Established 1826 — Oldest College Newspaper West of the Alleghenies

Spring break suffering

Spring break in college has taken on something of a legendary status in our culture. It’s a time to get out of the cold and crappy weather on campus and catch some rays on a beach littered with White Claws and High Noons. If you’re cool enough, you may even be able to spend some time partying with cool frat dudes and sorority gals. 

Getting tan and getting drunk – what else could one want from their only break in the spring semester? It sounds like the ultimate relaxing getaway. So what did I decide to do with my spring break? The exact opposite.

Our wonderful humor editor Teddy Johnson and I decided that, instead of soaking up some sun, we were going to trudge around in the woods for four days and three nights. Great Smoky Mountains here we come.

The craziness began before our trip truly started. On our first night in the national park, we had to sleep in Teddy’s car while the rain poured outside. I’m a light sleeper and Teddy is a snorer. After that night, I met the executive decision that we weren’t sharing a tent. 

But the morning finally came, and with it the realization that I had left my hiking boots back in Oxford, five hours away. I’m supposed to be the experienced outdoor guy, and I was already fumbling. $140 down the drain (sort of). Can we just get on the trail already? 

And get on the trail we did. Nine miles on our first day, with approximately 2,000 feet of elevation gain, and a light rain that refused to go away. Remember what I mentioned about the sunny beach? At least we had a pretty mountain stream to keep us company for most of the day. 

When we got to camp, it was too cold and wet to do much, so we sat in our tents and barely talked. Quality bonding time with my hiking partner. That night it got below freezing and I woke up the next morning with ice covering my tent. No getting tan here I guess. But, I made it through that freezing night, and I have to admit it made me feel pretty cool. Much more than shotgunning a Natty Light in the Florida sand.

Teddy kept talking about how he was looking forward to the suffering that would inevitably come with our trip. I think the trail heard him and decided to punish us for it that second day. How does gaining 3,000 feet of elevation in your first five miles of hiking sound? Let's not mention that I was the one who planned our route.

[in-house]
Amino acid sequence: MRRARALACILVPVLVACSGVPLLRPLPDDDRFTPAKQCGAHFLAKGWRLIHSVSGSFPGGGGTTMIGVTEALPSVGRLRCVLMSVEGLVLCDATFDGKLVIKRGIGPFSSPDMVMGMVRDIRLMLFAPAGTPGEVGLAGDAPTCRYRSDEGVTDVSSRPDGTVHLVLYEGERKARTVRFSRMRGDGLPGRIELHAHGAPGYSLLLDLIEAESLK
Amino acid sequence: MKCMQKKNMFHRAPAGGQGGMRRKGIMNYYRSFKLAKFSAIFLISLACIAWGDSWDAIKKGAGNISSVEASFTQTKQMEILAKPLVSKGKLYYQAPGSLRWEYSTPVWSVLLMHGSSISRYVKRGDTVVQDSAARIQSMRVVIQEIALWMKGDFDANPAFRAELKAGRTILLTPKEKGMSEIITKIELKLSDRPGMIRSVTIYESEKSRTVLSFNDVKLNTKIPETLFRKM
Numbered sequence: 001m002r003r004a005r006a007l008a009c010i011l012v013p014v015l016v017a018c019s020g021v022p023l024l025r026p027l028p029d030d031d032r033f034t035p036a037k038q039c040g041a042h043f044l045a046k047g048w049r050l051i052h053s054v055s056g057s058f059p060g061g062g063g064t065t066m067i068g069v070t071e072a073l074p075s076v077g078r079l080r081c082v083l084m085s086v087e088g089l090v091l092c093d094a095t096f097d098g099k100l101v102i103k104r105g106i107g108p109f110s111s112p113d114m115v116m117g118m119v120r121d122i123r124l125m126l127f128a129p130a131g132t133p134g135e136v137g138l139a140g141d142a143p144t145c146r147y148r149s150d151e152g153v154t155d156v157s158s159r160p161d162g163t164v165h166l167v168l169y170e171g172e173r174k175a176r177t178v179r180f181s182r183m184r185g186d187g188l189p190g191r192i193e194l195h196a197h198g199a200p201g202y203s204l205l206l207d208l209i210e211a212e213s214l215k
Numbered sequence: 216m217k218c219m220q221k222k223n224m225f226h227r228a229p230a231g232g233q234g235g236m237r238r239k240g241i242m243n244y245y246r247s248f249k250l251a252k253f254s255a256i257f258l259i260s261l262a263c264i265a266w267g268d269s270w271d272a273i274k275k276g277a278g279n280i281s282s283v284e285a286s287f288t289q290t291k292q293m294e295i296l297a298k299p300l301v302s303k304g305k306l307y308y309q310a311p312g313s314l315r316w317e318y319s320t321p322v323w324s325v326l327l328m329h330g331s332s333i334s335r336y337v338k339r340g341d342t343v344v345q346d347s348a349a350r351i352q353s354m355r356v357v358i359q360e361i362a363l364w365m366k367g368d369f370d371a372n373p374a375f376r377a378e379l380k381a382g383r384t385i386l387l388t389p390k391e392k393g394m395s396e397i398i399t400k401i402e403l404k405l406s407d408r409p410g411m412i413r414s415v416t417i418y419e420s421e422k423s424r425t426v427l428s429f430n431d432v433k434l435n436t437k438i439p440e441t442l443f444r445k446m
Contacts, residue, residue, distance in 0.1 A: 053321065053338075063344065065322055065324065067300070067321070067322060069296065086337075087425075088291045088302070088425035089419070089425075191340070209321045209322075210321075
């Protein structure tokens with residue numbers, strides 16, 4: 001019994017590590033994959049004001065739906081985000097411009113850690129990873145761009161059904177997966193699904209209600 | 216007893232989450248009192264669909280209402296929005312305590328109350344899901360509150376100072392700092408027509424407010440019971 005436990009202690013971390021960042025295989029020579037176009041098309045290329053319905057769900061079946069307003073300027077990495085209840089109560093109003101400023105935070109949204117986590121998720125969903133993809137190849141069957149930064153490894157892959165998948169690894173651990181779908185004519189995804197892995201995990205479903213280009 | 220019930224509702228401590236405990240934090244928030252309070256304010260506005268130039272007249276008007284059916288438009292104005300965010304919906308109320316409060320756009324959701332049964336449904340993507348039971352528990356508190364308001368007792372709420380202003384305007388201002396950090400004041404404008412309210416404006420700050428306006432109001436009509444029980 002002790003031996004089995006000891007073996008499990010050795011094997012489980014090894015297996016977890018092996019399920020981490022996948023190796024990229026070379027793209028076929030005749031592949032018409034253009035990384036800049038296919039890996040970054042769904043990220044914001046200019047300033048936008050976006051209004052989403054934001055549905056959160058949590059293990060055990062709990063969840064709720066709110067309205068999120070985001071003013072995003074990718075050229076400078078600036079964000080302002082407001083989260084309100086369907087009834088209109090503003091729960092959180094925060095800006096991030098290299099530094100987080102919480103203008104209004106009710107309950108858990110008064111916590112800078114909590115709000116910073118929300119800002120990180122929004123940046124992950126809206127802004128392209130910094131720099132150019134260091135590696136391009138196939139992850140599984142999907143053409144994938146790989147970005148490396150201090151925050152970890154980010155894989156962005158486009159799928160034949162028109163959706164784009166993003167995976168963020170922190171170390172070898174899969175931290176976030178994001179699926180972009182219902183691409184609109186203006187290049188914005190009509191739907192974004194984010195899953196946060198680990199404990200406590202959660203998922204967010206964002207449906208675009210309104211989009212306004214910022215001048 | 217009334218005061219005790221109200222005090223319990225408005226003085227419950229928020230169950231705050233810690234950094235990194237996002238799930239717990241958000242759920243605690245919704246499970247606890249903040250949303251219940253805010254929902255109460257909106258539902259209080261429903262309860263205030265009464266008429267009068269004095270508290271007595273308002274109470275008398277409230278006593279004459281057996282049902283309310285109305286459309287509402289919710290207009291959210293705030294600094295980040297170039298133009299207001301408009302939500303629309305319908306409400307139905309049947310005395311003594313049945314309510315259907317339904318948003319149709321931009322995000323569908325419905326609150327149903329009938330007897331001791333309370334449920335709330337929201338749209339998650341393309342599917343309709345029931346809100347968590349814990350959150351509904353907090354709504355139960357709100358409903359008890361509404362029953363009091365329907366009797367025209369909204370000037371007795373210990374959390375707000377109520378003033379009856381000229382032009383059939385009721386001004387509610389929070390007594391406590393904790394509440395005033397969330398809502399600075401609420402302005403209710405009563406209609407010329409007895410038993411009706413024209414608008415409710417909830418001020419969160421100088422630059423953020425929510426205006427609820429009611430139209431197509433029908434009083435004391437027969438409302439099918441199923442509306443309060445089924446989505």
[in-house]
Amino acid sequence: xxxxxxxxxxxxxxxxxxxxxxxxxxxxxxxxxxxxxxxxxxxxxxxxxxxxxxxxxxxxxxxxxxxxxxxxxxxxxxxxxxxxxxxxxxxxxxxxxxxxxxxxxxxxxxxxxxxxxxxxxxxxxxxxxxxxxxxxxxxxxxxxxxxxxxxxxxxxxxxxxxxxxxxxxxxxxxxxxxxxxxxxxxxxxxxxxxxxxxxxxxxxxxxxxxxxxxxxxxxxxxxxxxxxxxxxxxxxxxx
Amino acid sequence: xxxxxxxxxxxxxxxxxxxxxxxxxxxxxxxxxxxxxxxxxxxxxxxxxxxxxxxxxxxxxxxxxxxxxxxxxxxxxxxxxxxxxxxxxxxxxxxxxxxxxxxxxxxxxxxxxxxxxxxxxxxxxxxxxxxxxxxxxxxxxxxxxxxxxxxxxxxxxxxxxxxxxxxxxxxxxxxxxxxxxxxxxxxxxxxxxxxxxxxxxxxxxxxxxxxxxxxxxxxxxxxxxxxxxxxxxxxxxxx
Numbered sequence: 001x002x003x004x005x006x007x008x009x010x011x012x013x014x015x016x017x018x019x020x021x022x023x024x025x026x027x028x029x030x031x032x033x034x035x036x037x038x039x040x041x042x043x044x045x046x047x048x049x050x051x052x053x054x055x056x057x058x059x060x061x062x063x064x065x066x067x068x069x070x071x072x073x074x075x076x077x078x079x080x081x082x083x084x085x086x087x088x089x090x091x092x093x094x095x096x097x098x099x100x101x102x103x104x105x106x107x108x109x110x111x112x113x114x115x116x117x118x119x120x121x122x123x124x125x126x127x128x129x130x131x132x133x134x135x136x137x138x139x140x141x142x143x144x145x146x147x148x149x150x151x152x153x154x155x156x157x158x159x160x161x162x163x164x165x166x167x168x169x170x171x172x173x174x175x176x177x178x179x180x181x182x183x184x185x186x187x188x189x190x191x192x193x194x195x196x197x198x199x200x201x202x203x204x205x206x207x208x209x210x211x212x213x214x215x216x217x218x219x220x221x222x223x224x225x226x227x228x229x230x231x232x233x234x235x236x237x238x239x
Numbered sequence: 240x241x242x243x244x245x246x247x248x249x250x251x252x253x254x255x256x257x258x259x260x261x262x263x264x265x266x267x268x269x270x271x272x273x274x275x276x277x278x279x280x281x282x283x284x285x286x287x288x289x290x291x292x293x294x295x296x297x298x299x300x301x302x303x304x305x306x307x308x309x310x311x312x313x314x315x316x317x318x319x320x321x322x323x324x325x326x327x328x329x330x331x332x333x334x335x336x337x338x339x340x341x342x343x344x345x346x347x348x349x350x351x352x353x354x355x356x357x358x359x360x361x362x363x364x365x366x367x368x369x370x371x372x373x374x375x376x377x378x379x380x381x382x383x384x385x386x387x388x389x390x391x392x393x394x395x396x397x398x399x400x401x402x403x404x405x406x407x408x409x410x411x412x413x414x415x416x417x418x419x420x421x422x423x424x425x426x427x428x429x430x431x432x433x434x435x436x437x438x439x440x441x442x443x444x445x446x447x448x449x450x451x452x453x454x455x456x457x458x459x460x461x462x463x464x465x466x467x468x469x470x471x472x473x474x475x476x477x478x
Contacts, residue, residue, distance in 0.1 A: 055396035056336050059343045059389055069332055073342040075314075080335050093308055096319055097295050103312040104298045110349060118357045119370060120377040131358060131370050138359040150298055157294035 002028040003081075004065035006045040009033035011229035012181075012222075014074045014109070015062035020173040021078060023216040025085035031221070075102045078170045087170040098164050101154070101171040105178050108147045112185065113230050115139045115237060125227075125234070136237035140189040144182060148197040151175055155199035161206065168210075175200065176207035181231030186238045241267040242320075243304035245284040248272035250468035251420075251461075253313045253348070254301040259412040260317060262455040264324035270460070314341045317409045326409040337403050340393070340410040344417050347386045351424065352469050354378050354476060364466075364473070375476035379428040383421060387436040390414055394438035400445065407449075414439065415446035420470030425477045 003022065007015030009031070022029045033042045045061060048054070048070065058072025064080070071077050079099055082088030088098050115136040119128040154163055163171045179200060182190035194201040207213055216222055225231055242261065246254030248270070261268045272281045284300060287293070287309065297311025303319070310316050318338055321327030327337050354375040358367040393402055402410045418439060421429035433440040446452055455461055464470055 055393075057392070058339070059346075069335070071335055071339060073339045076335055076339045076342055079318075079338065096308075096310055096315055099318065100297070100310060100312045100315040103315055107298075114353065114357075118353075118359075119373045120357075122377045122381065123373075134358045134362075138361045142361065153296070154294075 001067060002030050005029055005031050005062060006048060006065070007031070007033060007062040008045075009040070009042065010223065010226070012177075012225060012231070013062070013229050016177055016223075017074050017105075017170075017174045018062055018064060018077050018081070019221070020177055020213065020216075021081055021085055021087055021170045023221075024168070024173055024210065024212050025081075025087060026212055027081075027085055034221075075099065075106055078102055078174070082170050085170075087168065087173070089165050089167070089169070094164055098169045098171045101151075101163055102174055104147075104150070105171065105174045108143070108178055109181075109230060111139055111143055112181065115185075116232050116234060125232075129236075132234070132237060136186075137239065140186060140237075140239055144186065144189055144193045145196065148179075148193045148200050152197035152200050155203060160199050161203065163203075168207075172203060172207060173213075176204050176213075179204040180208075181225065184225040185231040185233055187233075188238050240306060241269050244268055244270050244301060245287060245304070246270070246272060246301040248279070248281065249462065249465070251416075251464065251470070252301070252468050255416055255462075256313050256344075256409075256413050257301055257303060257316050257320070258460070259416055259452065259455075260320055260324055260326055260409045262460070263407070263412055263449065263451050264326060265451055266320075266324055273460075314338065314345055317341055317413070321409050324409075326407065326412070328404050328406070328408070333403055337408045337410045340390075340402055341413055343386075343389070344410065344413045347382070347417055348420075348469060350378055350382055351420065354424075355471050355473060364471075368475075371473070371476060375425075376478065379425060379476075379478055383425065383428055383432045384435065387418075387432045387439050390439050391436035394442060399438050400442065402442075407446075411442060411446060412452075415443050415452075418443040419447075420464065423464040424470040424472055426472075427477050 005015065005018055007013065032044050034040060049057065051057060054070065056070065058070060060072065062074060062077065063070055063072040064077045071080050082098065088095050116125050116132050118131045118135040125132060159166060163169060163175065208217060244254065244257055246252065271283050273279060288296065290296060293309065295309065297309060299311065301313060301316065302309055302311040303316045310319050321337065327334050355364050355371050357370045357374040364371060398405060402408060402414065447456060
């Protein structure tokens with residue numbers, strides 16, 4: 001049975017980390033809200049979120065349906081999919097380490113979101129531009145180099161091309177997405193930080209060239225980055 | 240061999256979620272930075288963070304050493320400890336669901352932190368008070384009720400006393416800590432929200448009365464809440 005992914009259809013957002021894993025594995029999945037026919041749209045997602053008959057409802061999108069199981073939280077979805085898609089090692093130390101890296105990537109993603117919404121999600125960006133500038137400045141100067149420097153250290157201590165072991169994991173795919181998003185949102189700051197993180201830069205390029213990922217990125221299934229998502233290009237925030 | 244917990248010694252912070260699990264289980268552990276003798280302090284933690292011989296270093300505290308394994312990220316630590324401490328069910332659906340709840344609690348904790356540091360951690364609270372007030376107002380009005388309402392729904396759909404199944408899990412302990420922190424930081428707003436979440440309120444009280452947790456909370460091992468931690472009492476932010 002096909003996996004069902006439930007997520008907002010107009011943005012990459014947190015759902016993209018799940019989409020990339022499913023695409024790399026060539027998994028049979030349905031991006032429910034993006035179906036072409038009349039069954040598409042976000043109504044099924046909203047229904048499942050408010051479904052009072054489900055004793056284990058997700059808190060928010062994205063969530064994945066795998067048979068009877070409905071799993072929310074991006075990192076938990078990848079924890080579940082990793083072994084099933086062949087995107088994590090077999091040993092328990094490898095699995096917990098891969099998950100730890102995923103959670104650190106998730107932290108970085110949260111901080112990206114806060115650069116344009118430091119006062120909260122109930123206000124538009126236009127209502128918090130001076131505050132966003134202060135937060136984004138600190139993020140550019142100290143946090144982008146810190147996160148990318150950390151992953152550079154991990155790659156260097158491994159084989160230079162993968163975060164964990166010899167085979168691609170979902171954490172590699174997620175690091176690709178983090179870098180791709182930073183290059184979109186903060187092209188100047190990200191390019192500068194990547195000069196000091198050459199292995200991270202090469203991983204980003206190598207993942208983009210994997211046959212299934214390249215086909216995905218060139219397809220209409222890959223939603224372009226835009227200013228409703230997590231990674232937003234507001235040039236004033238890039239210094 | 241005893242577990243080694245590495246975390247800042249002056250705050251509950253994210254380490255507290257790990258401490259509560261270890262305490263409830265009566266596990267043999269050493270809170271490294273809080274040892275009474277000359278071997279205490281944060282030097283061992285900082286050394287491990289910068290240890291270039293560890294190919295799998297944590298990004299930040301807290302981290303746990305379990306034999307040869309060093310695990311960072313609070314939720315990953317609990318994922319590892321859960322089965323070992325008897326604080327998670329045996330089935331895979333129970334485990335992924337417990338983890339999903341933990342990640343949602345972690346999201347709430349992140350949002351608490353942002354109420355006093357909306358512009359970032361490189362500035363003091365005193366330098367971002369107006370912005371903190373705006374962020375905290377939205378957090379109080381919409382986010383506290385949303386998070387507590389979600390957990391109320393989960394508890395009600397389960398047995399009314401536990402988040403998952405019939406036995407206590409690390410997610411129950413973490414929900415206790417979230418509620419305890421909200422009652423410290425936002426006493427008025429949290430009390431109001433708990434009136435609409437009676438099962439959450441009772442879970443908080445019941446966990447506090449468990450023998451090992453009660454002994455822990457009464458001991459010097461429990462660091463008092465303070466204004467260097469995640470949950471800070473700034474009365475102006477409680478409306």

I had decided to take us to the highest point in the entire park, and we ended up gaining 4,000 feet of elevation over 12 miles of hiking. Florida is the flattest state in the U.S., by the way. But, I can’t complain too much. We saw some incredible views from the top, met some cool people, and learned that some Appalachian Trail thru-hikers chain smoke. The more you know.

The next day we were treated to a trail crossed by so many fallen trees that it felt more like an obstacle course than a hike. Army crawl or climb: the choice is yours. We were walking through an area that had been previously burned by wildfires, so the trees standing were pretty sparse and open, which made for even more awesome views. But crazy wind gusts took full advantage and whipped us around the mountain that morning. A calm ocean breeze sounds pretty nice.

That day we lost 3,000 feet of elevation, which did terrible things to my knees, and we made it to our camp mid-afternoon after another nine miles of hiking. The sun was poking through the trees, and we got our chance to lay out and bask in some sub-par UV. This must be what Florida feels like.

It was our last night, and the mountains decided to send us out with a bang. Remember those winds I mentioned earlier? They came back overnight. Only this time at sustained gusts of 40-50 mph. The wind howled, my tent was flapping like crazy and I could hear the branches above me cracking and falling off the trees. I had two thin strips of nylon protecting me. Another restful night hoping that Mother Nature would spare my poor soul. 

Enjoy what you're reading?
Signup for our newsletter

I did not relax much on this spring break trip, but it certainly was an adventure. And adventures make you cool. And give you good stories. So I can live with that.

Oh yeah, and a mouse tried to get into my tent. Twice. Maybe they don’t have mice on the beach.